In the wild world of dating, occasionally the wires get crossed.
Take the time I went to a concert on a double date. I used to hang out with Randy after work with our gang of friends. While we had never gone on a date, we were sort of seeing each other, due to the fact that we necked in the car every so often. This “seeing each other” status appeared to be confirmed when he showed up at my cubicle, flanked by our friend Paul, and asked if I wanted to go to a concert with them and another woman, Stacy. I accepted, and was pleased we were finally going on a date.
The night of the concert, we met at Stacy’s house, and we all drove into Boston together. At the concert hall, since we had two sets of two seats, naturally I paired off with Randy.
When we got back to Stacy’s house, I was expecting a goodnight kiss or something. But then Randy indicated toward Stacy’s house, and said, “I think I’m going to go in for a cup of coffee.”
Holy shit! I wasn’t on a date with Randy; Stacy was on a date with Randy, that cad. Was I on a date with Paul? Yikes. To add to the embarrassment, months later, I thought I heard Randy mutter something about “paying for tickets.” It would never have occurred to me to pay for the tickets; I wouldn’t have gone to that concert unless someone was taking me.
I can’t even turn the episode into a piece of advice. When someone says, “Would you like to come to a concert?” and you’ve kissed that person, isn’t it safe to assume he’s asking you on a date? I guess the only thing I learned from that was that making out with a guy in a car does not a boyfriend make, which, honestly, is a lesson I have not paid enough attention to.
On the other hand, I can trace the reason for what happened when I was 19 and working at the local television station. One of the high-profile creatives had been flirting with me, and I definitely had a crush on him.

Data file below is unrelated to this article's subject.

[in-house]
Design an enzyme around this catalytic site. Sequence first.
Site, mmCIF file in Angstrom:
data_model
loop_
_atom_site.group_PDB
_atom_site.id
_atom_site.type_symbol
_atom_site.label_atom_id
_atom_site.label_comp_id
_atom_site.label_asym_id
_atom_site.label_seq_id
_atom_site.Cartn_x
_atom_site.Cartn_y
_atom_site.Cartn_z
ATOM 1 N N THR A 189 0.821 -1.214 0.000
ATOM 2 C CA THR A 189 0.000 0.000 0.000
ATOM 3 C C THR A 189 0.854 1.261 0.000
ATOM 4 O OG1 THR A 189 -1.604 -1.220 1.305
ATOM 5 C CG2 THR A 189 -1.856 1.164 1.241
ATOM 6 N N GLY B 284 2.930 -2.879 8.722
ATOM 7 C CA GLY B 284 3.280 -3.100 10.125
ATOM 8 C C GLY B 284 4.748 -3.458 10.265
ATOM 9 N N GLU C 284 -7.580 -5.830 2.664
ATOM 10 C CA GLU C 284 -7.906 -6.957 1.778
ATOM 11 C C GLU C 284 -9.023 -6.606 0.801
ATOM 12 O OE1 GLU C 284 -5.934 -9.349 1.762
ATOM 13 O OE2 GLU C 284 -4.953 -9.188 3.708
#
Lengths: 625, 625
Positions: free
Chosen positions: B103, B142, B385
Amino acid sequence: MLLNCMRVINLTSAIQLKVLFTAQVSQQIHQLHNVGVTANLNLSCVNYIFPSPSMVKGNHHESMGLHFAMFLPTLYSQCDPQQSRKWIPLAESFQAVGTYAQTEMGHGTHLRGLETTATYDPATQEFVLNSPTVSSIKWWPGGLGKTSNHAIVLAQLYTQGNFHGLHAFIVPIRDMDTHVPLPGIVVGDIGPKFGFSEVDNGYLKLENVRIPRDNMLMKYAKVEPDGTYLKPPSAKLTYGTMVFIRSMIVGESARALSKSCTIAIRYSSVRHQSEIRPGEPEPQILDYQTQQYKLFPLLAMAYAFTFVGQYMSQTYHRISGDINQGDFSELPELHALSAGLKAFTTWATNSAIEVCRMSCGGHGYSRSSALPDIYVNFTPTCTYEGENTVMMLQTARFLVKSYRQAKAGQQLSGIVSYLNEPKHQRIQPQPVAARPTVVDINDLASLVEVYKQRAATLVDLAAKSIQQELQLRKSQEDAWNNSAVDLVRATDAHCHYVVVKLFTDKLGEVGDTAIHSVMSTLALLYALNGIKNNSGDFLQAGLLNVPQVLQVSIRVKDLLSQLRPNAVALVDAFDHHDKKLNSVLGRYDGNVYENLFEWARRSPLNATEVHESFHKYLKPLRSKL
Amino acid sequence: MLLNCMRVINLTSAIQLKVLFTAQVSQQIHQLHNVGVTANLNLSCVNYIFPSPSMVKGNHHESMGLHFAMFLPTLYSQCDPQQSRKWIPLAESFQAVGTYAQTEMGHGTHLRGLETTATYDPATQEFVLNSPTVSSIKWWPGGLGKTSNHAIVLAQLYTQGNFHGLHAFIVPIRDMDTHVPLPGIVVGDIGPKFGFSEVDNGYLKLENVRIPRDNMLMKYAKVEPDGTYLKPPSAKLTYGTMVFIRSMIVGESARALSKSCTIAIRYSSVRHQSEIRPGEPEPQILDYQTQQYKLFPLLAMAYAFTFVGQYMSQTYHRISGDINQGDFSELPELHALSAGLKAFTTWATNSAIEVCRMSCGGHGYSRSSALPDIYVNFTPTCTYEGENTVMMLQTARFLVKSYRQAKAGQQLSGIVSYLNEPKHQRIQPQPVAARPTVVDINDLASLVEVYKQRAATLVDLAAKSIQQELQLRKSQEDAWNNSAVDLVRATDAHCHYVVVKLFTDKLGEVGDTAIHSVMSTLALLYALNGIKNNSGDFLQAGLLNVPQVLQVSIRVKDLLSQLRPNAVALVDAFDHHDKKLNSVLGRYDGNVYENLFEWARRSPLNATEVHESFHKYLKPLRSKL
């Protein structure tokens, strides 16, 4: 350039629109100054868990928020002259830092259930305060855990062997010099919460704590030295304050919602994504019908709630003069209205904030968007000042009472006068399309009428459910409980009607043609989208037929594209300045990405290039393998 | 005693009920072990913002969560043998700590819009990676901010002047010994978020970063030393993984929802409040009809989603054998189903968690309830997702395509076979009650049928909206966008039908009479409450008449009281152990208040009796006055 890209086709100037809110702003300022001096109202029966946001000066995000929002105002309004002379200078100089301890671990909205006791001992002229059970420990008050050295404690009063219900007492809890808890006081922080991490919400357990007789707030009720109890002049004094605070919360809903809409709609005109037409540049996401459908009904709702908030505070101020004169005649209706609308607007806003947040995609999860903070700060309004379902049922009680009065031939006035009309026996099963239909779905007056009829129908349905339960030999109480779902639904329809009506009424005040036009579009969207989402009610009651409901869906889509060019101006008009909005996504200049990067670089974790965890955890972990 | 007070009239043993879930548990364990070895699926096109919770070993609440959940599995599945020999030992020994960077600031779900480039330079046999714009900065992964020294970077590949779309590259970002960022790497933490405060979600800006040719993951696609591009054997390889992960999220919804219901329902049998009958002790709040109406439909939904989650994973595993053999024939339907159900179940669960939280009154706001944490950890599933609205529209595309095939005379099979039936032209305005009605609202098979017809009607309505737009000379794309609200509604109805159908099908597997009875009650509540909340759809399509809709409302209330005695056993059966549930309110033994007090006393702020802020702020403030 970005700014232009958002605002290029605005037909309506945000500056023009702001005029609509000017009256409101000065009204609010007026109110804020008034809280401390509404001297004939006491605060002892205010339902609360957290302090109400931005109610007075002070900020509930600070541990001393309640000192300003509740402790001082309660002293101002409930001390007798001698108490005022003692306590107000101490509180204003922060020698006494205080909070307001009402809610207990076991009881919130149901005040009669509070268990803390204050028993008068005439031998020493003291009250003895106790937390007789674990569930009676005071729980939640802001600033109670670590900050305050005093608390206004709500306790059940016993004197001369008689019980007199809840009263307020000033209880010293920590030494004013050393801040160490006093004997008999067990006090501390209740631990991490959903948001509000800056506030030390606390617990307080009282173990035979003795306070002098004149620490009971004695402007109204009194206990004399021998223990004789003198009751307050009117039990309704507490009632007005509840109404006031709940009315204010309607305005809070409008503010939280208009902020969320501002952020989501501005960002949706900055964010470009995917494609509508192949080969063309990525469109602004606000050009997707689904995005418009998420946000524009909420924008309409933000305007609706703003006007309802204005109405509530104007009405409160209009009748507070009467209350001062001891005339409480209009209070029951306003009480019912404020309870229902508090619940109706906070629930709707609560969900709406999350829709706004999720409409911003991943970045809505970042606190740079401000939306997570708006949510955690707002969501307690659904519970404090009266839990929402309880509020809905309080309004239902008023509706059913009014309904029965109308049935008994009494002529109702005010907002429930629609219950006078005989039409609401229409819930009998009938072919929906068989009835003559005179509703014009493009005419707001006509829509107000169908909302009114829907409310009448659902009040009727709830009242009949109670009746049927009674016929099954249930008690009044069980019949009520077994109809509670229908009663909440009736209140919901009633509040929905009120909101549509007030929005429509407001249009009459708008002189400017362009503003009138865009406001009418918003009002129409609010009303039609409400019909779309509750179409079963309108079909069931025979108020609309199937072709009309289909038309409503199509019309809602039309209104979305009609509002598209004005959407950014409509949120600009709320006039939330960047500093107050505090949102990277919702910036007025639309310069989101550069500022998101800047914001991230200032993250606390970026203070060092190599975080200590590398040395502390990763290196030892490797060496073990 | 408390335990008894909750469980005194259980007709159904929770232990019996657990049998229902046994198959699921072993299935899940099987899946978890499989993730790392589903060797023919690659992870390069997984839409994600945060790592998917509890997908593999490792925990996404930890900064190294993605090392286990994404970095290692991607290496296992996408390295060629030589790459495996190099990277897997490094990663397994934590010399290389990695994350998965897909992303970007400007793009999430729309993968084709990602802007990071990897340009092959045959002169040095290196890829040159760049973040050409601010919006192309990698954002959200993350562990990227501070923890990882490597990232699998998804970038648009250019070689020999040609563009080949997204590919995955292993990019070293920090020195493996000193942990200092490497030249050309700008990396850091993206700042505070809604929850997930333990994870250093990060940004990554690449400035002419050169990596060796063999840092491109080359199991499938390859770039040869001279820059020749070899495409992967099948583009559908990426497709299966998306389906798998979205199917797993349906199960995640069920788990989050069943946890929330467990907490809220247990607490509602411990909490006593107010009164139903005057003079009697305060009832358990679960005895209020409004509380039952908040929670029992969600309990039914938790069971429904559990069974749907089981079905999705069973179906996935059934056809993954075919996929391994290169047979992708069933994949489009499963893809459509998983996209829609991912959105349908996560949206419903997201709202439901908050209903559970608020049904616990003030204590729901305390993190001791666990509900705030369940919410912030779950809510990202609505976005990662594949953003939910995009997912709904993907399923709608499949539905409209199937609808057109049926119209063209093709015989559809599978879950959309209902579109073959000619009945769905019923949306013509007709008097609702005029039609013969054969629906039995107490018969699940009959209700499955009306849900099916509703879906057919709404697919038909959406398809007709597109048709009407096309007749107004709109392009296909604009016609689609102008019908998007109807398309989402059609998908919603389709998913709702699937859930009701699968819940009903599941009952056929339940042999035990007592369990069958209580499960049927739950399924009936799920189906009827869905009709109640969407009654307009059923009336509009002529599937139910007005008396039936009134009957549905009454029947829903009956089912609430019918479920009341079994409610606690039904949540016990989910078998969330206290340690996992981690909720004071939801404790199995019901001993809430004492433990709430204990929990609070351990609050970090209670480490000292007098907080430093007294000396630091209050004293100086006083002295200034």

He was quite a bit older—31—but at the time I had a thing for men in that age range. I suppose I found them more established and interesting. At an after-work party one night, he and I found ourselves at the bar, chatting and flirting. The event was held at a restaurant that featured a scenic bridge that overlooked a waterfall, and so he asked if I would like to go for a walk with him. I did.
After viewing the falls, we sat on the steps that led down from the bridge. Then he leaned in to kiss me. I kissed him back, but a question had been on my mind throughout the evening. I drew back and said, “You’re not married, are you?”
He blinked at me in surprise. “Of course. I’m wearing my wedding band in plain sight.”
I can now see the root of this misunderstanding. He felt he was communicating everything he needed to by wearing his ring. The problem was that it wouldn’t occur to a 19-year-old virgin to look for a wedding ring. It certainly didn’t occur to me, or I wouldn’t have asked the question.
But I think we both understood what happened next perfectly well. When I told him I had a problem with his being married, he told me that he was in an open marriage (oh yes he did!). He assured me that his wife could do what she wanted, and he could do what he wanted, but they still saw some point in being married.
Maybe I had just fallen off the turnip truck, as evidenced by my utter stupidity at having been in that situation to begin with, but I learn quick. What he was saying was, “I would say anything to get in your pants.” I’m sure we both knew this, though he was doing his damnedest to convince me he meant something different.
We parted company politely, and I don’t think I ever spoke with him again. I did learn a lesson, though: always check the ring finger. It was a sad lesson for a 19-year-old, but one that I’m sure prevented at least one or two future misunderstandings. With all the potential for confusion, every little bit counts.
Dating disaster? Advice? Please comment or send me your story!